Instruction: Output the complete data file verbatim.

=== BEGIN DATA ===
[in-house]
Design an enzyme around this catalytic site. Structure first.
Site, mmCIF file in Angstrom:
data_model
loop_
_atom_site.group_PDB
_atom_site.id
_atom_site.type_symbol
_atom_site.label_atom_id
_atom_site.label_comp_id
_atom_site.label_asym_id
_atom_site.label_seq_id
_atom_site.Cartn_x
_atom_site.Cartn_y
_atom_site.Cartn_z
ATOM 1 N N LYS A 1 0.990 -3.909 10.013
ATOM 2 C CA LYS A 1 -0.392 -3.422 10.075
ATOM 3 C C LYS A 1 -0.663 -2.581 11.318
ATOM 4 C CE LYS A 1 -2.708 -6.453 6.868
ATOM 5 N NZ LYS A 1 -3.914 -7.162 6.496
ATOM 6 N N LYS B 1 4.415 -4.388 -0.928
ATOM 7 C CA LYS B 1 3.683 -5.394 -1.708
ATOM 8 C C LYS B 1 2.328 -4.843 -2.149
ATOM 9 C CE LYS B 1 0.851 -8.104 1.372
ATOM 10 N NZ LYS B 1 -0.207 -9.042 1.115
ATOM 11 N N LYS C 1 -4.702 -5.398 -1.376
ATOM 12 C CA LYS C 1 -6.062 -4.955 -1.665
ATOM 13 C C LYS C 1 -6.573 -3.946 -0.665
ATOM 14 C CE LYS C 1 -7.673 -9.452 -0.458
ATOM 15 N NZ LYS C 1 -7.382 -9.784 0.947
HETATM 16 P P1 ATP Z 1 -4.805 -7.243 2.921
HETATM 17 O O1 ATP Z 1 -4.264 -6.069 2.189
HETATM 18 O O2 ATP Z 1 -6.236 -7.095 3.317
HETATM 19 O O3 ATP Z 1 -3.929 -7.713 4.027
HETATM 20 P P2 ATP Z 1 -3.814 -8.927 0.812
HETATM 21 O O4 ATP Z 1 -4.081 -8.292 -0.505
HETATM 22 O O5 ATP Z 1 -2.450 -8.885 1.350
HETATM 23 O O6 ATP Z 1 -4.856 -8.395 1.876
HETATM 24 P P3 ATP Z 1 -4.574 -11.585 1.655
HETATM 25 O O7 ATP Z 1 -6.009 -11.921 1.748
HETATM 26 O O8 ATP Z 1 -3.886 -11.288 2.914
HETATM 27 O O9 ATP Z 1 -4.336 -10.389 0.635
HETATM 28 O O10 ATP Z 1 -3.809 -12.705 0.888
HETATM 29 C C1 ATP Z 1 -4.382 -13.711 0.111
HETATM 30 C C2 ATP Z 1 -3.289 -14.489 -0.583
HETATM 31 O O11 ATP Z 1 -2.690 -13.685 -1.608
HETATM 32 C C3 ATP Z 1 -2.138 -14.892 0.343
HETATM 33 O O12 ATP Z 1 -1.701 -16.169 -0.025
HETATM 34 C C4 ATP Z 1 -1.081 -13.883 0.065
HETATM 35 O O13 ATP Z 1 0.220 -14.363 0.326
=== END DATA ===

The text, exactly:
[in-house]
Design an enzyme around this catalytic site. Structure first.
Site, mmCIF file in Angstrom:
data_model
loop_
_atom_site.group_PDB
_atom_site.id
_atom_site.type_symbol
_atom_site.label_atom_id
_atom_site.label_comp_id
_atom_site.label_asym_id
_atom_site.label_seq_id
_atom_site.Cartn_x
_atom_site.Cartn_y
_atom_site.Cartn_z
ATOM 1 N N LYS A 1 0.990 -3.909 10.013
ATOM 2 C CA LYS A 1 -0.392 -3.422 10.075
ATOM 3 C C LYS A 1 -0.663 -2.581 11.318
ATOM 4 C CE LYS A 1 -2.708 -6.453 6.868
ATOM 5 N NZ LYS A 1 -3.914 -7.162 6.496
ATOM 6 N N LYS B 1 4.415 -4.388 -0.928
ATOM 7 C CA LYS B 1 3.683 -5.394 -1.708
ATOM 8 C C LYS B 1 2.328 -4.843 -2.149
ATOM 9 C CE LYS B 1 0.851 -8.104 1.372
ATOM 10 N NZ LYS B 1 -0.207 -9.042 1.115
ATOM 11 N N LYS C 1 -4.702 -5.398 -1.376
ATOM 12 C CA LYS C 1 -6.062 -4.955 -1.665
ATOM 13 C C LYS C 1 -6.573 -3.946 -0.665
ATOM 14 C CE LYS C 1 -7.673 -9.452 -0.458
ATOM 15 N NZ LYS C 1 -7.382 -9.784 0.947
HETATM 16 P P1 ATP Z 1 -4.805 -7.243 2.921
HETATM 17 O O1 ATP Z 1 -4.264 -6.069 2.189
HETATM 18 O O2 ATP Z 1 -6.236 -7.095 3.317
HETATM 19 O O3 ATP Z 1 -3.929 -7.713 4.027
HETATM 20 P P2 ATP Z 1 -3.814 -8.927 0.812
HETATM 21 O O4 ATP Z 1 -4.081 -8.292 -0.505
HETATM 22 O O5 ATP Z 1 -2.450 -8.885 1.350
HETATM 23 O O6 ATP Z 1 -4.856 -8.395 1.876
HETATM 24 P P3 ATP Z 1 -4.574 -11.585 1.655
HETATM 25 O O7 ATP Z 1 -6.009 -11.921 1.748
HETATM 26 O O8 ATP Z 1 -3.886 -11.288 2.914
HETATM 27 O O9 ATP Z 1 -4.336 -10.389 0.635
HETATM 28 O O10 ATP Z 1 -3.809 -12.705 0.888
HETATM 29 C C1 ATP Z 1 -4.382 -13.711 0.111
HETATM 30 C C2 ATP Z 1 -3.289 -14.489 -0.583
HETATM 31 O O11 ATP Z 1 -2.690 -13.685 -1.608
HETATM 32 C C3 ATP Z 1 -2.138 -14.892 0.343
HETATM 33 O O12 ATP Z 1 -1.701 -16.169 -0.025
HETATM 34 C C4 ATP Z 1 -1.081 -13.883 0.065
HETATM 35 O O13 ATP Z 1 0.220 -14.363 0.326